Journal of Money, Credit & Banking

Reports major findings in the study of financial institutions, financial markets, monetary and fiscal policy, credit markets, money and banking.

Articles from Vol. 41, No. 4, June

Are Competitive Banking Systems More Stable?
WHEN BANKS COMPETE, does it make banking crises more frequent? A rationale for regulating banks is that too much competition among them could threaten the solvency of individual institutions and ultimately threaten stability of the banking system....
Can Affine Term Structure Models Help Us Predict Exchange Rates?
THE OBJECTIVE OF this paper is to evaluate whether imposing no-arbitrage restrictions on the temporal evolution of interest and exchange rates can help predict exchange rates out of sample. In our model, prediction is based on the information embedded...
Daily Changes in Fed Funds Futures Prices
THE FEDERAL FUNDS rate is of considerable interest in economics and finance, both because it defines the shortest end of the term structure (the overnight rate being the shortest-maturity U.S. asset traded) and because it is the rate directly targeted...
Determinants of Bank-Market Structure: Efficiency and Political Economy Variables
Market structure attracts attention in the economics and industrial organization literature because of its connection with market competitiveness and social welfare. Two potential determinants of market structure come to the fore in the literature:...
Do Mergers Improve Information? Evidence from the Loan Market
THE UNPRECEDENTED MERCER wave observed in the last decade is reshaping the corporate landscape in most countries, in mature and innovative sectors alike. According to Thomson Financial, between 1990 and 2001 there were 54,143 M&As in the major...
Inflation Persistence, Monetary Policy, and the Great Moderation
THERE IS GROWING evidence that the time-series behavior of U.S. inflation is changing. The most notable change is the decline in inflation persistence. For example, in a reduced-form model Cogley (2005) and Cogley and Sargent (2007) show that inflation...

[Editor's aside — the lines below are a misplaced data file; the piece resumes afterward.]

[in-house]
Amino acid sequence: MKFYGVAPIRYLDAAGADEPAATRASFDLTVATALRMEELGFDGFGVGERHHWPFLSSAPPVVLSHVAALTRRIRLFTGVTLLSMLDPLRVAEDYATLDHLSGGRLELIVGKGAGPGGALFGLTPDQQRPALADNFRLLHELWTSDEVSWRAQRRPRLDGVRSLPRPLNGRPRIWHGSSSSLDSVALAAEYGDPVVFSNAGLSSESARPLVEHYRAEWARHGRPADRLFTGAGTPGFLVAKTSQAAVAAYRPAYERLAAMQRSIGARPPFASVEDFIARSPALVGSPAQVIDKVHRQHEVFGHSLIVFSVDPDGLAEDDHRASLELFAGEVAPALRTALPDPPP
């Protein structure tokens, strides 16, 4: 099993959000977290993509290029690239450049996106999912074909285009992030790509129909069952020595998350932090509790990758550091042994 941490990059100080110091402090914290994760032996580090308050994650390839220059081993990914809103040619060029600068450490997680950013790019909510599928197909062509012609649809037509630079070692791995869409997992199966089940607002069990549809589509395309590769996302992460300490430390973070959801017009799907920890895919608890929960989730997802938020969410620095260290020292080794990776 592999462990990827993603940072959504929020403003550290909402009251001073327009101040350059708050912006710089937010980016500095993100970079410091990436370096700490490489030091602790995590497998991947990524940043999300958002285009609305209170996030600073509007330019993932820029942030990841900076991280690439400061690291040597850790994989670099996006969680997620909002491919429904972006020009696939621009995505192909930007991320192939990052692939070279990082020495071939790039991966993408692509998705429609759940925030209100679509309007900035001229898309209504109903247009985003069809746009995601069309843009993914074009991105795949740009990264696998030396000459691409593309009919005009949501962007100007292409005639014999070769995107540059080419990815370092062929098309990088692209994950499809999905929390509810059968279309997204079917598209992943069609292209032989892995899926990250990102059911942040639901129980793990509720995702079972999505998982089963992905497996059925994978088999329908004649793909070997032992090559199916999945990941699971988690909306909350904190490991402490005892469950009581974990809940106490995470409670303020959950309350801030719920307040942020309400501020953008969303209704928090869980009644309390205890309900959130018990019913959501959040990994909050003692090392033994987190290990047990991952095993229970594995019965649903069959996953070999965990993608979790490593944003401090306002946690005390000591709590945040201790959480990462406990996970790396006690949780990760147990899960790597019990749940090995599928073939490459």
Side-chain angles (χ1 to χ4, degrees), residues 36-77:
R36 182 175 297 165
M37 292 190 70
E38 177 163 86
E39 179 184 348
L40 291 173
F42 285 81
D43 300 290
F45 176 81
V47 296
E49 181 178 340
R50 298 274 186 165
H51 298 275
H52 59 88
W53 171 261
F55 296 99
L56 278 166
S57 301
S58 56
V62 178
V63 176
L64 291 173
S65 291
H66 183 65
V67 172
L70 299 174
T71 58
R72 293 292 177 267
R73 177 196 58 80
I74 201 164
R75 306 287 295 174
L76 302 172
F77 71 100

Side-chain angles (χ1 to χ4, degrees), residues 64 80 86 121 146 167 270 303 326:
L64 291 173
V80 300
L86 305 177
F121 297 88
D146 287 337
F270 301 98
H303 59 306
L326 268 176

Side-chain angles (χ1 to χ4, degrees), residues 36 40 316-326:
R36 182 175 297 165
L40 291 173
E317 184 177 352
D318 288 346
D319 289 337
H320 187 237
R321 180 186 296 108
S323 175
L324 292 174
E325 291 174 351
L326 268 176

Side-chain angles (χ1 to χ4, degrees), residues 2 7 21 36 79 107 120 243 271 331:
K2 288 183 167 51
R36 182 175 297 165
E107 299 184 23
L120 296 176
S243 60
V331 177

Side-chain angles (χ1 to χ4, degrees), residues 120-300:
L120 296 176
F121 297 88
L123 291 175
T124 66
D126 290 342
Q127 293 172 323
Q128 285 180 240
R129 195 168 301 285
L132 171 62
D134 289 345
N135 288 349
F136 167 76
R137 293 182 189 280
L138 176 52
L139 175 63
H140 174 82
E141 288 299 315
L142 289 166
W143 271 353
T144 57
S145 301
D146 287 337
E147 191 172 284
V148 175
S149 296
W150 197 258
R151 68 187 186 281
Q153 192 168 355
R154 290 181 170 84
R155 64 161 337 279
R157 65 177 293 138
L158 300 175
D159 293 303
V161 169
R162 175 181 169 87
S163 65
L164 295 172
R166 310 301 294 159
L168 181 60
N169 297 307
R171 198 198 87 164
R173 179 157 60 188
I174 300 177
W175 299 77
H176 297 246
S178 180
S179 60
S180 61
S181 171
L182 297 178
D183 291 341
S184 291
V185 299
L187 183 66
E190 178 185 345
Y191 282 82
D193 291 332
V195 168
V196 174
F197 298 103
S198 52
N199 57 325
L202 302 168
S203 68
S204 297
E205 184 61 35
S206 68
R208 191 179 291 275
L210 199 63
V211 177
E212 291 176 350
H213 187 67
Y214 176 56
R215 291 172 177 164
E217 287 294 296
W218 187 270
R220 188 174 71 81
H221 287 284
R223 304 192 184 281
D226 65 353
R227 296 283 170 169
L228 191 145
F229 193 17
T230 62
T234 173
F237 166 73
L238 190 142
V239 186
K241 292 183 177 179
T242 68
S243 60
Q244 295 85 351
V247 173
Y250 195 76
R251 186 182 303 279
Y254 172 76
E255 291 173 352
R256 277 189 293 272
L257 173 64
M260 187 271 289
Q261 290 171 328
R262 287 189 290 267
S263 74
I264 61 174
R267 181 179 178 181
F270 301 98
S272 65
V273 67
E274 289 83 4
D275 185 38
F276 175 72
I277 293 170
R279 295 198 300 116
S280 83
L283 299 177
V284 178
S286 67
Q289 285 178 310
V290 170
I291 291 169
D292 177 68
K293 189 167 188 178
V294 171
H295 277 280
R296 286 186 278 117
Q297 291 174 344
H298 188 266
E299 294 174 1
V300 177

Moderate Inflation and the Deflation-Depression Link
POLICYMAKERS SINCE THE Great Depression have been concerned that deflation can lead to lower growth rates, if not recessions, and the recent Japanese experience has exacerbated such concerns (see Krugman 1998). However, theoretical models offer differing...
Monetary Policy in a Forward-Looking Input-Output Economy
Recent years have witnessed significant innovations in monetary policy as many central banks have adopted inflation targeting as their objective. Bernanke et al. (1999) and King (2005) have noted that, in general, countries that have adopted inflation...
Regulation and the Neo-Wicksellian Approach to Monetary Policy
THE NEO-WICKSELLIAN approach to optimal monetary policy uses estimates of the neutral real interest rate, often in a Taylor rule. In a system with investment saving (IS) and output-gap inflation equations, Laubach and Williams (2003) use a Kalman filter...
Uncovering the Hit List for Small Inflation Targeters: A Bayesian Structural Analysis
IN THE RECENTLY POPULAR CLASS of dynamic stochastic general equilibrium (DSGE) models, private economic agents such as consumers and firms are often modeled as optimizing decision makers. However, central bank behavior is typically described by a reduced-form...
Which Microfinance Institutions Are Becoming More Cost Effective with Time? Evidence from a Mixture Model
MICROFINANCE INSTITUTIONS, OR MFIs, serve as important providers of credit to poorer borrowers and thus can play a significant role in programs to alleviate poverty and promote economic opportunity in nations around the world (Morduch 1999a, Zohir...